Tuesday, January 2, 2018

Whatever Container It's In

Year: 2017
Director: Guillermo del Toro
Cast: Sally Hawkins, Octavia Spencer, Michael Shannon 
Run Time: 2 hours 3 minutes
MPAA Rating: R

Guillermo del Toro is one of the few visionary directors we have on hand today, but he’s also one of the most inconsistent. I tend to abide by the rule of thumb that his Spanish-language work is stronger than his English films (Pan’s Labyrinth and The Devil’s Backbone are masterpieces, whereas Crimson Peak or Pacific Rim are pretty but a bit empty-headed), but I was greatly intrigued by The Shape of Water, his quasi-remake of The Creature from the Black Lagoon. I must say that rule of thumb still applies, but it’s certainly an interesting beast that I’m excited to discuss.

And if there’s one thing del Toro knows a lot about, it’s interesting beasts.

So, the plot. Elisa Esposito (Sally Hawkins) is a mute cleaning woman who works at an aerospace institute in a fairy tale vision of 1960’s Baltimore. When the scientists at work bring in their newest asset – an amphibious sea creature from South America (Doug Jones, who is not the Alabama senator, though I’m sure he wishes he had that on his CV instead of The Bye Bye Man) that they’re hoping will help them make major steps in the space race once they figure out how its breathing apparatus works – she begins to teach it sign language and they become fast friends… and maybe more.

When the Evil Scientist Richard Strickland (Michael Shannon) decides to vivisect the creature, Elisa must face the loss of this new relationship with a creature that makes her feel less alien and alone in this world of people who look down on her, either for her lack of speech or the fact that she’s a woman. She is supported by her coworker Zelda (Octavia Spencer) and her aging painter neighbor Giles (Richard Jenkins), but she might just have to take action.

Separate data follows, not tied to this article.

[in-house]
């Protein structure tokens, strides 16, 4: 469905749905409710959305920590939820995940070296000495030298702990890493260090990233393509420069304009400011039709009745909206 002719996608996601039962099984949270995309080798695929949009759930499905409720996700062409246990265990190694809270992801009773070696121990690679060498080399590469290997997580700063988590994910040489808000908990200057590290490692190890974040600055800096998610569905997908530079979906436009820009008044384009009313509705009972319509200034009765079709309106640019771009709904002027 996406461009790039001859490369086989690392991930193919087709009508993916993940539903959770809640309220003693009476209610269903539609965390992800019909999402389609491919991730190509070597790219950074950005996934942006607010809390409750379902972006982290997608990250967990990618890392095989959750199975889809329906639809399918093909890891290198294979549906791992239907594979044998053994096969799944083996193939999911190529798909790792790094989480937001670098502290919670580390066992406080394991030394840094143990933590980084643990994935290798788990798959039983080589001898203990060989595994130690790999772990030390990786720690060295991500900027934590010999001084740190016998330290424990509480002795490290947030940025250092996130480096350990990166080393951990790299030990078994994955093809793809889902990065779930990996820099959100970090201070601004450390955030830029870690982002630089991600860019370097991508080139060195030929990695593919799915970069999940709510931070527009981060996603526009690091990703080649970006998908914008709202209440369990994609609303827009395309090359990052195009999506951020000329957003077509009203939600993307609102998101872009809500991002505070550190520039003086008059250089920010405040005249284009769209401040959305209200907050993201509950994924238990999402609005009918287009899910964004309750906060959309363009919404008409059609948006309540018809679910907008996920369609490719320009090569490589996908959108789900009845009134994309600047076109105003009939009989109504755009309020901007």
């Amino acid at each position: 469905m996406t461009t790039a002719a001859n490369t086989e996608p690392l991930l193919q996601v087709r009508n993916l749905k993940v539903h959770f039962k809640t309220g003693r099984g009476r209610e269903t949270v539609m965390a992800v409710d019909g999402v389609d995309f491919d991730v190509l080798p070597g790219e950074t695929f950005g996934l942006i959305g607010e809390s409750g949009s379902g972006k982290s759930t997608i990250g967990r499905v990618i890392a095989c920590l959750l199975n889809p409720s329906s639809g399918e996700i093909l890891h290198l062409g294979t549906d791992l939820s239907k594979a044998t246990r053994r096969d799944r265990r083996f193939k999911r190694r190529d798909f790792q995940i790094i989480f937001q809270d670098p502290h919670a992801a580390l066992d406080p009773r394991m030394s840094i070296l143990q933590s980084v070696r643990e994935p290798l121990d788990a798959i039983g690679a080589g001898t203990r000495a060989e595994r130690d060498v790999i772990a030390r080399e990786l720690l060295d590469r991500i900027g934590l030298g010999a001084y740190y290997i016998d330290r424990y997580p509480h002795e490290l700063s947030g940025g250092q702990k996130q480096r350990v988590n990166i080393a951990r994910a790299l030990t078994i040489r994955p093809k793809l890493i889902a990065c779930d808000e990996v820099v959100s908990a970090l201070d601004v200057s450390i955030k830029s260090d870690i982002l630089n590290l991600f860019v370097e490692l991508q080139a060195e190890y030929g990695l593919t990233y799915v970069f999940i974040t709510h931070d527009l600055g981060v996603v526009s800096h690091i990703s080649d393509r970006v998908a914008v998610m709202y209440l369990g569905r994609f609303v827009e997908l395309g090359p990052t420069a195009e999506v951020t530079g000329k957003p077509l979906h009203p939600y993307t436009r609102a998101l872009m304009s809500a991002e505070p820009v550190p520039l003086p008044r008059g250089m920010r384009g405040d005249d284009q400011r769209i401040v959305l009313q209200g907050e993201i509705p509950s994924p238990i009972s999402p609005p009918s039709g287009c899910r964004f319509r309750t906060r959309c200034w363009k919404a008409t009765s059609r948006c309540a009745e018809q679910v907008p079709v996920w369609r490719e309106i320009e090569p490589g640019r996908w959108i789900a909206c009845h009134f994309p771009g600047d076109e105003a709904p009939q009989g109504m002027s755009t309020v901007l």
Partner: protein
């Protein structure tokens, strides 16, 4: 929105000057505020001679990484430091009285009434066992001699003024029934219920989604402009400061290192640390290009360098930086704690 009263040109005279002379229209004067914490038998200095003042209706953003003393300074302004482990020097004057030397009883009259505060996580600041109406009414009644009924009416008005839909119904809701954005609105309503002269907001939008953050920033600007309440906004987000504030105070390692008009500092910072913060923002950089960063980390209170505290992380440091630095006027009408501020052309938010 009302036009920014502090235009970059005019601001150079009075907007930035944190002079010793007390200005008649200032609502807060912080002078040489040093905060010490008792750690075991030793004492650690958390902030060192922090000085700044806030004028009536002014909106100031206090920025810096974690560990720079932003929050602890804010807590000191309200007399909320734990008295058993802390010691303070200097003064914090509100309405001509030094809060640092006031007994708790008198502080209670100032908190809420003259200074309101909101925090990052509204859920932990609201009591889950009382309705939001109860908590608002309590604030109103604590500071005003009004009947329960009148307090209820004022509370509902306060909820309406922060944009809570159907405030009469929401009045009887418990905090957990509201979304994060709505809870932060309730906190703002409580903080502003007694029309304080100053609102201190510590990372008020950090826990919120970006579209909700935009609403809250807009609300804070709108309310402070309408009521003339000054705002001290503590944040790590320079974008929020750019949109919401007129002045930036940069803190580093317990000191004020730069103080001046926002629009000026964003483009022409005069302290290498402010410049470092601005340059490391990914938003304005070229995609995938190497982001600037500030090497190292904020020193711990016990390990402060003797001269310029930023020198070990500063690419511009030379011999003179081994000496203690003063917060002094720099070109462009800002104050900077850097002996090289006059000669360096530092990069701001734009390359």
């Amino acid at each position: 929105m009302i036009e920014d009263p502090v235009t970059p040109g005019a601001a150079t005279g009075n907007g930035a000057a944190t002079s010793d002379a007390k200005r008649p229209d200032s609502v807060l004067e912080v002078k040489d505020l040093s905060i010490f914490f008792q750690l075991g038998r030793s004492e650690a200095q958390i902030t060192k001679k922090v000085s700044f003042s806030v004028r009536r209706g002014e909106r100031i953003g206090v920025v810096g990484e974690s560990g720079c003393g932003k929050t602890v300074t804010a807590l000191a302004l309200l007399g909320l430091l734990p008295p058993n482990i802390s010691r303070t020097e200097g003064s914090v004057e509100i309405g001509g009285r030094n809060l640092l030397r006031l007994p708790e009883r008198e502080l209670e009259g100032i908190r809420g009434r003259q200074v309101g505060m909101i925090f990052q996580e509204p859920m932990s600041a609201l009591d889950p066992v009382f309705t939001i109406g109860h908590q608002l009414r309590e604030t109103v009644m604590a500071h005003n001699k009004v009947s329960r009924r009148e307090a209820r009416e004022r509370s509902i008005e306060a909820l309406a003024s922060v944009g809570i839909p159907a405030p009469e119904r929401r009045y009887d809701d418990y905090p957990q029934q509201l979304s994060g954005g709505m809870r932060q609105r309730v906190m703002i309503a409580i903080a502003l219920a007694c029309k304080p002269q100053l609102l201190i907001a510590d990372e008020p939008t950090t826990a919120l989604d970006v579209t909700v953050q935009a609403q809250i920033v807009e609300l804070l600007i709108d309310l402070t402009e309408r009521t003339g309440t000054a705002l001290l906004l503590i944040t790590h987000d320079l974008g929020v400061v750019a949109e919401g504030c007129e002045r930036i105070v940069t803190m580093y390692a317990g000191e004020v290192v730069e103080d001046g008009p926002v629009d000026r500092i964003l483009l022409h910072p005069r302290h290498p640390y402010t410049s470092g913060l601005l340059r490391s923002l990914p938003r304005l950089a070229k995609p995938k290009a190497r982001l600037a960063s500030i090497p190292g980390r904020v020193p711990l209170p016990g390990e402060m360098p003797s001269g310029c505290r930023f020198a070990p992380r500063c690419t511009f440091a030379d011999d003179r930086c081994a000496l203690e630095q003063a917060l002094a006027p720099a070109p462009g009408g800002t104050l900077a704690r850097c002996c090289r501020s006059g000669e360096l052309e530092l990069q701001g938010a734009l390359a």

And I mean “action” in every sense of the word.

I don’t know what it is about this Oscar season. Normally I’m not a huge fan of big awards contenders in general so it shouldn't be surprising that I'm not feeling into it, but this slate of flicks seems tailor-made for my tastes. A non-AIDS/death related gay romance? A romance starring the Gill Man? A film bringing to life the story of The Room?! Don’t mind if I do! And yet I’m liking these films even less than normal. OK, I don’t think I’ll ever dislike anything as much as The Revenant or Birdman, but this year I’m kind of longing for a Her, or a Brooklyn, or even a The Descendants. Just something that doesn’t promise high genre heights yet still manages to evoke something quiet and engrossing. Meanwhile I’m stuck with empty promises of things I’ll love that end up delivering something messy and flawed, ultimately redeemable but impossible to fall head over heels in love with.

I at least enjoyed The Shape of Water more thoroughly than Call Me By Your Name, because del Toro is a consummate entertainer even when he’s operating in a lower gear. But this film fails so hard at delivering most of what it promises that when it hits one of its many truly great scenes, it just doesn’t have the punch you wish it did.

I think my biggest issue is that The Shape of Water is just a little bit – I hate to say it – twee. The easiest comparison that comes to mind is Amélie, another film that spins a grand fairy tale fantasy out of regular life. Del Toro has proven himself adept at that kind of thing before, but Pan’s Labyrinth is no Jean-Pierre Jeunet romp. The particular register he’s working in feels utterly alien, and the central romance suffers because of it.